Suffering from Game of Thrones withdrawals? The latest book in A. J. Smith’s twisted fantasy series, The Dark Blood, has enough renegade clerics, murderous assassins, and unholy pacts and feuds to soothe even the most passionate fan’s fever. With nearly one corpse per page, Smith races through this installment of the Long War cycle, leaving a bloody, impenitent smear in his wake.
Smith’s rule of thumb seems to be that “nothing is sacred,” and from the first chapter, he’s quick to start slitting throats. Rebellious religious sects, acting on behalf of the blighted, ancient gods, have divided into orders. They seek an albino Black cleric who threatens their order: Utha of Arnon, “pale-skinned, white-haired and terrifying.” Assisted by a younger priest and a Dokkalfar, a forest giant, Utha seeks to clear his name.
In this world—part Dungeons and Dragons and part Guillermo Del Toro fantasy—magic and reality blend seamlessly. It’s not surprising to learn how the world’s races mix, or what powers each character has inherited from what spirit or ritual. If anything, Smith’s cast is so diverse that it’s unsettling to come across a character who is merely mortal, and good with a sword.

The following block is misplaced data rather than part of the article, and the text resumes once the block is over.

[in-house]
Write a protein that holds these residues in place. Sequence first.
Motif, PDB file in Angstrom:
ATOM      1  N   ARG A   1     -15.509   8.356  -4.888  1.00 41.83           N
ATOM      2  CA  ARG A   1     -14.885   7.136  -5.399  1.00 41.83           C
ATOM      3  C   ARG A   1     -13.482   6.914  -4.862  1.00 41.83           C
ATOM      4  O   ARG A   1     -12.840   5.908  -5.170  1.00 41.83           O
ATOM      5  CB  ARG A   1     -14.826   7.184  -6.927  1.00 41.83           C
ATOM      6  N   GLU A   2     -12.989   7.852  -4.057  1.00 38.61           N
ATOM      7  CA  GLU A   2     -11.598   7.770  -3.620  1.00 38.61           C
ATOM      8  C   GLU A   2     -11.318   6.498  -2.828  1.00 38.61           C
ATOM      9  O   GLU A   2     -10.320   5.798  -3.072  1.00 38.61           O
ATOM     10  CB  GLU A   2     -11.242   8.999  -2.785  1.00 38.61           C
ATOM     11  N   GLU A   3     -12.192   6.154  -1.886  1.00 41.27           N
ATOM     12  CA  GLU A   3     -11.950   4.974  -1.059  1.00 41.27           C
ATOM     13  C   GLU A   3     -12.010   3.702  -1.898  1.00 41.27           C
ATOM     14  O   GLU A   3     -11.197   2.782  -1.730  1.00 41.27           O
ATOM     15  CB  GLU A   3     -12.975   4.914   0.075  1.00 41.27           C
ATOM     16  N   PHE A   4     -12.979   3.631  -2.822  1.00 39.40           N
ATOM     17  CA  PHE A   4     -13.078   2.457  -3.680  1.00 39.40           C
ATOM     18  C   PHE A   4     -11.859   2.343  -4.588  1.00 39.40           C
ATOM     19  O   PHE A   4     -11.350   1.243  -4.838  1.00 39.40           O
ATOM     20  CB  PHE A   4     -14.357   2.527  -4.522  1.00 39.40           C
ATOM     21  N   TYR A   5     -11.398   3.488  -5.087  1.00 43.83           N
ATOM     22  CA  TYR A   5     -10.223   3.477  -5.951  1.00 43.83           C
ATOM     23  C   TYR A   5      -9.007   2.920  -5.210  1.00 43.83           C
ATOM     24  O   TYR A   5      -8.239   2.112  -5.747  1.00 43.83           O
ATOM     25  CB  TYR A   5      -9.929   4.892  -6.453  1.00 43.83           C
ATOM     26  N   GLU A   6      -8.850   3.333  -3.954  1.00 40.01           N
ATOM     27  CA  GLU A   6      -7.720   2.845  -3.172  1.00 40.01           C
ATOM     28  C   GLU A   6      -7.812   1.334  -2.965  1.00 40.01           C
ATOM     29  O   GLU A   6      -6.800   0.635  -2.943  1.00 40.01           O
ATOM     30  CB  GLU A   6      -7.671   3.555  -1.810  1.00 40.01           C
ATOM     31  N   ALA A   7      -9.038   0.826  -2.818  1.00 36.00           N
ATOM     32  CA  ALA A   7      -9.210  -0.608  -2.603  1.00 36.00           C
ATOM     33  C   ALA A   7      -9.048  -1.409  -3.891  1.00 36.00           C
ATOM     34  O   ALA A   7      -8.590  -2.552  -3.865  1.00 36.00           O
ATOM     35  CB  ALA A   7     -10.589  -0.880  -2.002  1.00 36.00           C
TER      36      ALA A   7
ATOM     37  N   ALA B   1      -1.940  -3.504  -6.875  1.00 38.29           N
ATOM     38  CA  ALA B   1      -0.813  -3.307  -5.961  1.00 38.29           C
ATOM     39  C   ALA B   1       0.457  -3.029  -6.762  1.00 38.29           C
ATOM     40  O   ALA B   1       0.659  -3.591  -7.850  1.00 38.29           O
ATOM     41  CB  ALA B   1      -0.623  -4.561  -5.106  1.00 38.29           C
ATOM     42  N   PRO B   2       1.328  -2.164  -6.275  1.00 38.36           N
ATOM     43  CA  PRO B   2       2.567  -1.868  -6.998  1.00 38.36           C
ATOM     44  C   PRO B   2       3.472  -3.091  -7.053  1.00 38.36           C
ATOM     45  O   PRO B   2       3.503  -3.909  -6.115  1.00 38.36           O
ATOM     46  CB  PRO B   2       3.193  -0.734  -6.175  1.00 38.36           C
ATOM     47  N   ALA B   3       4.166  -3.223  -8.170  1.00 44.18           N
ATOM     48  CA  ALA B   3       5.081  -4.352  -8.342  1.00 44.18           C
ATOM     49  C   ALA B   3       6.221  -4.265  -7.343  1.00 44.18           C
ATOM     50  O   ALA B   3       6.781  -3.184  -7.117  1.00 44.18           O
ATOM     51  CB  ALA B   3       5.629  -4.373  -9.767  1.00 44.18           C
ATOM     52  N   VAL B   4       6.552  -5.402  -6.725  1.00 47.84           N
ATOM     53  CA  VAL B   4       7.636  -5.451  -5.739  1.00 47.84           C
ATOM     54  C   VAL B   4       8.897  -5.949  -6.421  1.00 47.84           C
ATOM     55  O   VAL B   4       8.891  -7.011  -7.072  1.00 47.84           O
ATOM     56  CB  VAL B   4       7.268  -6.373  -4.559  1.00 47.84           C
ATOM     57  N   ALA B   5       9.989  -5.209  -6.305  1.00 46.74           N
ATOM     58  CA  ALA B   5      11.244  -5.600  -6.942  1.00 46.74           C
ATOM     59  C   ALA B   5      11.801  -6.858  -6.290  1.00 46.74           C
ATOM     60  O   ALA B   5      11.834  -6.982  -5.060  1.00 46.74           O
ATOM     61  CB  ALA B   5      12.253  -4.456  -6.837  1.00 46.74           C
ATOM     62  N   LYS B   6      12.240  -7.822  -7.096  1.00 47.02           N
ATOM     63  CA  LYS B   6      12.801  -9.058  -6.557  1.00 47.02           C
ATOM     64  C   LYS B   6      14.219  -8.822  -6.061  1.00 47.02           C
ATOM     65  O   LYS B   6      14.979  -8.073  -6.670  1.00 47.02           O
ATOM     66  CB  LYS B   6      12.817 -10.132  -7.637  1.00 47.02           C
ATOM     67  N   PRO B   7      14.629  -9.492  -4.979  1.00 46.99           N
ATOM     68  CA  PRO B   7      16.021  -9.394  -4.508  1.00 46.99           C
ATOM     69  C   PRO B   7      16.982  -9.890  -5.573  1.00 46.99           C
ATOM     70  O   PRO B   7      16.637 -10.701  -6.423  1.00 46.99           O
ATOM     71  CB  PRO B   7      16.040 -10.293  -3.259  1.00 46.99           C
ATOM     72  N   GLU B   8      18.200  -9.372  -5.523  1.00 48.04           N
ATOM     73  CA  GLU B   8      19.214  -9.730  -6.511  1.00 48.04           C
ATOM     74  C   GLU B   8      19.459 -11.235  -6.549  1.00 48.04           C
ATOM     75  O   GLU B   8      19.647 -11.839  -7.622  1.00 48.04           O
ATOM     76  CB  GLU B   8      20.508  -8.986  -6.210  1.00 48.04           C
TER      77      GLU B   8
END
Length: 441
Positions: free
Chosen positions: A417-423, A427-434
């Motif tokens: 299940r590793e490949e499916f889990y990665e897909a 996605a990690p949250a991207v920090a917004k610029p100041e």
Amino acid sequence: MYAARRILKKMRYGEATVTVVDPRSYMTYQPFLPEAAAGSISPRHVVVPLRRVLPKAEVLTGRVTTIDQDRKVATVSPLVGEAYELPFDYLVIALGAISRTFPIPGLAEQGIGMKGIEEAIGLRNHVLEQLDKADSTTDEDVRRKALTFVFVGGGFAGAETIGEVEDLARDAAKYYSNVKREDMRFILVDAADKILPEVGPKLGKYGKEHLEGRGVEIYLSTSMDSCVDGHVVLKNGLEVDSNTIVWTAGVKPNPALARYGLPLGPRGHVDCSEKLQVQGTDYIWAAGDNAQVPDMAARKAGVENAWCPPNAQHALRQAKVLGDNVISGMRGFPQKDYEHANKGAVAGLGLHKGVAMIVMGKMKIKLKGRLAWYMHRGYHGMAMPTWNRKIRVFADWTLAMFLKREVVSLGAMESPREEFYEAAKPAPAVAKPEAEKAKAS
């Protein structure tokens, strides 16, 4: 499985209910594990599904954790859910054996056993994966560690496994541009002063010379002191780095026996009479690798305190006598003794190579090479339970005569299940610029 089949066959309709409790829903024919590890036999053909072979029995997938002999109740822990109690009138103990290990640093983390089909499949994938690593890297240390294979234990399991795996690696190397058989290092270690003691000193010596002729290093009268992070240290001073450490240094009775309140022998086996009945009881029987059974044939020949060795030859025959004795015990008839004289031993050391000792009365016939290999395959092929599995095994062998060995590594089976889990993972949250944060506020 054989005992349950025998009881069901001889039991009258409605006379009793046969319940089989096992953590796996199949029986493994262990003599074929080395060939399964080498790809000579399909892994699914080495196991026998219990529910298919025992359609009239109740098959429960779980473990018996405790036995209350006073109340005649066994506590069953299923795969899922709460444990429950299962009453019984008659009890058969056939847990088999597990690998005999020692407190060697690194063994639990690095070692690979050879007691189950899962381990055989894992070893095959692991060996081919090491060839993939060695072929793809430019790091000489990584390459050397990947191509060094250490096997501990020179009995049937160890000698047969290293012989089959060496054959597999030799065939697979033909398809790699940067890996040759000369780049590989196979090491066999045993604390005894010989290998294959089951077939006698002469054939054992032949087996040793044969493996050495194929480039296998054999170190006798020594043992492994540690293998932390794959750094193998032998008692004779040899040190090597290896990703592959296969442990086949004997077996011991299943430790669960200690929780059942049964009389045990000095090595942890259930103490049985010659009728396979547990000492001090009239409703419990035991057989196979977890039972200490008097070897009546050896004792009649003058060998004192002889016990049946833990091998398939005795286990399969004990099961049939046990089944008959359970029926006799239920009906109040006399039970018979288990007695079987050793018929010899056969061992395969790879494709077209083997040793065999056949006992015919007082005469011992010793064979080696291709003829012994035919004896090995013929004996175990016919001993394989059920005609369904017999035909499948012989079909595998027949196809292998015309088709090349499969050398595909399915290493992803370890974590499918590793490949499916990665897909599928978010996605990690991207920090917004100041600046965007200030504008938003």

Smith’s writing is dense and fast paced, and short on backstory. Although Smith spent twelve years in the world-building stage, there aren’t many surprises in the plot department. Revenge, old scores, sexual rivalry—the old favorites work here, too. Smith seems to delight in creating fascinating and hideous new monsters to pit against one another. Strong description makes the graphic action scenes come to life, with pages in the proverbial splatter zone.
Whatever glitters, in Smith’s world, is certainly not gold. He keeps it dark, and then blows out the torches, one by one.
Claire Rudy Foster
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